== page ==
Business and Finance

For the Localised Expat Manager: Knowing When to Think and Act Local

A running theme throughout many of my prior columns has been a persistent call to localise yourself when leading a team in Malaysia. This advice comes from my own experience, and will generally serve expat managers well. But now to seemingly contradict myself, I will advise you when you should not think and act quite so local.

When overseas business visitors such as your senior company leaders and colleagues come to Malaysia, you’ll be eager to show off your team, your own ability to adapt to the business climate here, and the way that you comfortably interact with your local staff. The interesting dichotomy here is that this local comfort level you’ve achieved, generally a good thing, may actually lead to a very uncomfortable time for your overseas colleagues, and consequently, for members of your Malaysian team.

In my first experience, my Malaysian team and I were at a very nice and relatively quiet KL restaurant, eating with a senior European colleague, when one of my managers burped very loudly and openly. Now, had I been at a ‘normal’ meal with my local team – for better or worse – I would not have really noticed or reacted, since this is relatively commonplace here.

However, at the risk of being overly dramatic, I’d say that burp not only stunned and momentarily rendered speechless my Western colleague (he leaned over and whispered, “What did he just do?”), he later told me he’d lost his appetite and it ruined his dinner. Yet, when I addressed it (later) with the aforementioned ‘burper’, he really did not understand what the big issue was as I had never mentioned – nobody had – to him before, that this was considered rude and vulgar in Western etiquette.

In my second experience, a European colleague had joined our business update meeting, his first in Malaysia, and had been pleasantly surprised at the high level of English spoken. He commented to me privately how much easier it was to join our meetings in Malaysia versus some other Asian meetings he’d joined where everything he said and heard had to be translated. So far, so good.

Unfortunately, his enthusiasm gave way to dismay when he attempted to join a casual conversation afterward, over drinks, with Malaysian staff.While convinced that they were in fact speaking some form of English, he retreated from the discussion and enquired to me as to the meaning of meh, leh, lah, lor, kaypoh, gweilo, and bodoh. (Have you been here long enough to know all of these?)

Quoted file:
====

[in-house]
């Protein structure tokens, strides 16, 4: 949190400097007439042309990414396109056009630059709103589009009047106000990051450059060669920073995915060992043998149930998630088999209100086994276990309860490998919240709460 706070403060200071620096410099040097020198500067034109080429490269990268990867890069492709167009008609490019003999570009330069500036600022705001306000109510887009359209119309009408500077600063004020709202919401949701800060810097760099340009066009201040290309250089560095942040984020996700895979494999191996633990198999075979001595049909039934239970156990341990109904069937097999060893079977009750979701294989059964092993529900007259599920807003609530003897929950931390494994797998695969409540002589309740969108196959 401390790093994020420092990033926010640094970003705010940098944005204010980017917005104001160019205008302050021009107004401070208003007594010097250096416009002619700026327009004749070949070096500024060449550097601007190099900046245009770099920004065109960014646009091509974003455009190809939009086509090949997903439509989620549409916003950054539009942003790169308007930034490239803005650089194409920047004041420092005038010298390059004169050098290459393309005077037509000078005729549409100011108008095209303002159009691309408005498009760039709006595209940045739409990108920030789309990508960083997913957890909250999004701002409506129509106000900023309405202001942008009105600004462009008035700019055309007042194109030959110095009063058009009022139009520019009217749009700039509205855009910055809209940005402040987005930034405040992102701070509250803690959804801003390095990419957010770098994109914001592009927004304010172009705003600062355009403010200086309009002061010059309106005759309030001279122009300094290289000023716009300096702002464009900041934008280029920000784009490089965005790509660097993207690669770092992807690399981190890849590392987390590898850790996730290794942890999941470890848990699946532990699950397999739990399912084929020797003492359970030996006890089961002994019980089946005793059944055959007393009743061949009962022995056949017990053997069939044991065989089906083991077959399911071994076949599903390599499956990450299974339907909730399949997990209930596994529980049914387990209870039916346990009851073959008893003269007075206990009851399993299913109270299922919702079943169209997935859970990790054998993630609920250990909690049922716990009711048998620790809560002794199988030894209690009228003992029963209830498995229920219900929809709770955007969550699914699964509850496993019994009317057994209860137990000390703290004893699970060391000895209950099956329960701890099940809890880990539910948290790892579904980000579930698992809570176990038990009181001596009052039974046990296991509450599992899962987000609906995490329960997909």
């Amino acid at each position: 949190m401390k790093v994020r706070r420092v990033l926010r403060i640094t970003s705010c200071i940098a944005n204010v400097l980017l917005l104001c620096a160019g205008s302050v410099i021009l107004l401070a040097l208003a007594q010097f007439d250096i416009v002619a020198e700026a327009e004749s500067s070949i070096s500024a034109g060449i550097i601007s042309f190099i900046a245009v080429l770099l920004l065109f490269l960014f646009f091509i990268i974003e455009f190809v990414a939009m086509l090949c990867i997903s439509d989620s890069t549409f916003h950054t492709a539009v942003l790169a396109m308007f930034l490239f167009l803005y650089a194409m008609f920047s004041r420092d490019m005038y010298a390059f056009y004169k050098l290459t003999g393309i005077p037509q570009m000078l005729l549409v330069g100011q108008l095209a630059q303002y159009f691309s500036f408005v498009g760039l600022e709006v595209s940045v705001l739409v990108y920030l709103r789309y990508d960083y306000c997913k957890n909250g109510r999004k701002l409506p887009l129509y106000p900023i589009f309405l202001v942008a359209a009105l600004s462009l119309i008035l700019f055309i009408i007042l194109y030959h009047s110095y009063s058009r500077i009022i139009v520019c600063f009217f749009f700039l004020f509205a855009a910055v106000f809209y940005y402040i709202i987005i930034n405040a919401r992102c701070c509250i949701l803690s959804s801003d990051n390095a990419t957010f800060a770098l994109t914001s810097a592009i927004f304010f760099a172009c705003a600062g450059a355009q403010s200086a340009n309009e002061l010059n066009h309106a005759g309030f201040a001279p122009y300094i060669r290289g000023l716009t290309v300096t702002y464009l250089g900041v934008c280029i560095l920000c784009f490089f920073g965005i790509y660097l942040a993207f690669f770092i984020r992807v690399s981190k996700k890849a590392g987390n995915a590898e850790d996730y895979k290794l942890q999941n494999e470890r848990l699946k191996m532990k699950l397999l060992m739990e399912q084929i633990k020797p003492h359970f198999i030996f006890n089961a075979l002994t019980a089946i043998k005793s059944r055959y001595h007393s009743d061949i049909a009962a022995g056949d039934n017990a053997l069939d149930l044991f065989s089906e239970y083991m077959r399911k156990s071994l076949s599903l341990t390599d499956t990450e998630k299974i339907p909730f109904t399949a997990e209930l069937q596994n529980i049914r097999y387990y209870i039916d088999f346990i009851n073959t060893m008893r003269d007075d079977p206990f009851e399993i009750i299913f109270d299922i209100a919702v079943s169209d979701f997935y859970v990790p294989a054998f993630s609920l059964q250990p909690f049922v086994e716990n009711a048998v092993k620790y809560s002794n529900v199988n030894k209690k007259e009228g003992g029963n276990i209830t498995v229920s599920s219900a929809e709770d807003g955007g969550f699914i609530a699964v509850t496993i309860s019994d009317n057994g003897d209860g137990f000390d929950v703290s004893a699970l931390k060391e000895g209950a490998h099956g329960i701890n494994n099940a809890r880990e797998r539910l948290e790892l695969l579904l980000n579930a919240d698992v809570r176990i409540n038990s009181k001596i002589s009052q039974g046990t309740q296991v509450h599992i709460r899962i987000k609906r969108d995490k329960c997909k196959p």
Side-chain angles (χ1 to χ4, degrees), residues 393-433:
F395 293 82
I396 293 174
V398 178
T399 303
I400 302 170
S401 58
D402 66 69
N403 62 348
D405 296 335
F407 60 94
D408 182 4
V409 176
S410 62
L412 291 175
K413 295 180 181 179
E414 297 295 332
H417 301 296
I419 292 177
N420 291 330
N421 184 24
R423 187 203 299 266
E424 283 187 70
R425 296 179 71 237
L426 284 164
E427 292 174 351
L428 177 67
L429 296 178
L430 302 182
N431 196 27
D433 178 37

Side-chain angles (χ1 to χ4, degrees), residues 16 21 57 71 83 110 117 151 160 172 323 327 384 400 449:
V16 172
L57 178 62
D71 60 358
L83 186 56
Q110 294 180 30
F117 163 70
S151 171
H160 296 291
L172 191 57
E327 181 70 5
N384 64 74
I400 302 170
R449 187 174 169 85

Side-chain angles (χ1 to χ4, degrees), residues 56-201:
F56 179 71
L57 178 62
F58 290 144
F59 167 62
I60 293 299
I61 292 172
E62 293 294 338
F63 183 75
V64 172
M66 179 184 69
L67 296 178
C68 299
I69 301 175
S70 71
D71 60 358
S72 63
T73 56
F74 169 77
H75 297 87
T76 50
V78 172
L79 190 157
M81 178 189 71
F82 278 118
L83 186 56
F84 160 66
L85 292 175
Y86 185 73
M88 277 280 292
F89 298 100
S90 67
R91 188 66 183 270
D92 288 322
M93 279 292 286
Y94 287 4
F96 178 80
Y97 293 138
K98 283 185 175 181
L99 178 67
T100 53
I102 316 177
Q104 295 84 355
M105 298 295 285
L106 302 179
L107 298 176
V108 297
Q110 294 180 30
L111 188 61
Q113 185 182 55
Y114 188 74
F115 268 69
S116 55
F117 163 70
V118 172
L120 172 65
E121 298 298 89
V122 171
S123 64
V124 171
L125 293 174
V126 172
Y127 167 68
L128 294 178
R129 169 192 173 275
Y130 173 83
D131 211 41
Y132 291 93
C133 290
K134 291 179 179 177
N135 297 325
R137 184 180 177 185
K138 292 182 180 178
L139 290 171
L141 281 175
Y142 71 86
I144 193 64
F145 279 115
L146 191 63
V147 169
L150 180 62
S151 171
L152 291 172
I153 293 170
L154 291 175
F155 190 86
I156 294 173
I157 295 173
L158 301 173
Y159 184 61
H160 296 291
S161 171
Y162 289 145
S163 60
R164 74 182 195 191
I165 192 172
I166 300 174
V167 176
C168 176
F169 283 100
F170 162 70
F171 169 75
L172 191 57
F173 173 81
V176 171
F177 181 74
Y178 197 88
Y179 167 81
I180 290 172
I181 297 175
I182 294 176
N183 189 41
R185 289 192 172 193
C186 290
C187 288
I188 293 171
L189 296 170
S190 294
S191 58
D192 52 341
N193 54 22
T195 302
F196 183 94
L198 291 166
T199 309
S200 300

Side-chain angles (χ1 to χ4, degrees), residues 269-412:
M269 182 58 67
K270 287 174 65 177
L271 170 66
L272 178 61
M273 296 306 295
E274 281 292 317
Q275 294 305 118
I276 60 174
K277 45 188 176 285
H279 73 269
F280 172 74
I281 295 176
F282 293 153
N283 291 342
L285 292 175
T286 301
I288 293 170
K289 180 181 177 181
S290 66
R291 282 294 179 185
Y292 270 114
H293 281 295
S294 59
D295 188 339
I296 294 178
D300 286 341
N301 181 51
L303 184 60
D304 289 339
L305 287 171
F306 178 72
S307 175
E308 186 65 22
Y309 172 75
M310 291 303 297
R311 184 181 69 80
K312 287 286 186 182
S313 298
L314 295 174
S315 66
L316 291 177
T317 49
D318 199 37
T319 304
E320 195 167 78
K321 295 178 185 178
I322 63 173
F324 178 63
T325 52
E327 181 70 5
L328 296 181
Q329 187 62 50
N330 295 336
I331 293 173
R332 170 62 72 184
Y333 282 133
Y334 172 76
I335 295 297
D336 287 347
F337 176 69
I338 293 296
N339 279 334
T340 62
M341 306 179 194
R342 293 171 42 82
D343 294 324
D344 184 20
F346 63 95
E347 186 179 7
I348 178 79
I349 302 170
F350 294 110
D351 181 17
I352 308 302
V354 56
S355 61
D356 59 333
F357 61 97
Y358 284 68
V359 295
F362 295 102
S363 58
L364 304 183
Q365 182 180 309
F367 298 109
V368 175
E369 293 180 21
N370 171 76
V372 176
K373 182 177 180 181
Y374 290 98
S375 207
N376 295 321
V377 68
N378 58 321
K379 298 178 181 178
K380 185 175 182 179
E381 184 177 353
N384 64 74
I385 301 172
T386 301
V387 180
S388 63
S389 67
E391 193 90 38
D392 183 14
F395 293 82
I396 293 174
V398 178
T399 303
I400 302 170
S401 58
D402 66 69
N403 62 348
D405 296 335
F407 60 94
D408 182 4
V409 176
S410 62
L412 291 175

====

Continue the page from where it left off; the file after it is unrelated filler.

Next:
Key takeaways from these experiences:

1. Being localised remains a good thing

However, while you and your overseas Western colleagues may have a lot in common, you are now different – you are the one living here in Malaysia, and you are the one who understands local habits. As such, you know that some habits are best avoided when mixing your Malaysian team with overseas colleagues. So be proactive, and avoid discomfort for both groups.

2. Dining etiquette

This includes burping, chewing and slurping loudly, spitting bones back on one’s plate – these are issues that your team should be made aware of when dining with Western colleagues. I am never one to say what is strictly right or wrong, but I will say that one should always be aware of the cultural norms and etiquette of overseas visitors that you are hosting.


3. Explain Manglish

While I find ‘Manglish’ to be colourful, descriptive and entertaining, it is clearly best to avoid entirely in these settings. In addition to the examples above, ‘Donno lah’ is not something most Western visitors would immediately process, ‘can’ is a good word, but not a sentence, etc. Strive to stop the language confusion before it starts!

4. Encourage cultural exchange

Having discouraged some behaviours, I’d absolutely encourage your team to be appropriately curious (no questions about salaries, bonuses, etc.). Encourage questions about life and culture where your Western colleagues come from. By the same token, assume visitors know little about Malaysia and be keen to educate them. My own experience is that Malaysia normally has a neutral (or occasionally negative) reputation, and is not better-known like Singapore, Thailand, or Hong Kong. This provides a blank canvas to be painted by your Malaysian team. Be proud… Malaysia Boleh!

Be prepared

In conclusion, while you as a localised expat manager will definitely benefit when you adapt to and even adopt your local teams’ customs and habits, you are also the liaison of sorts between local norms and those of overseas visitors.

Accordingly, remember and recognise the differences, and when you provide a ‘heads up’ to your local team before these visits, they’ll go smoothly, nobody will feel uncomfortable, and you’ll increase the likelihood that your team and your foreign visitors will part with a good feeling about one another. That’s good local leadership and great global teamwork.

This article was originally published in The Expat magazine (April 2017) which is available online or in print via a free subscription.

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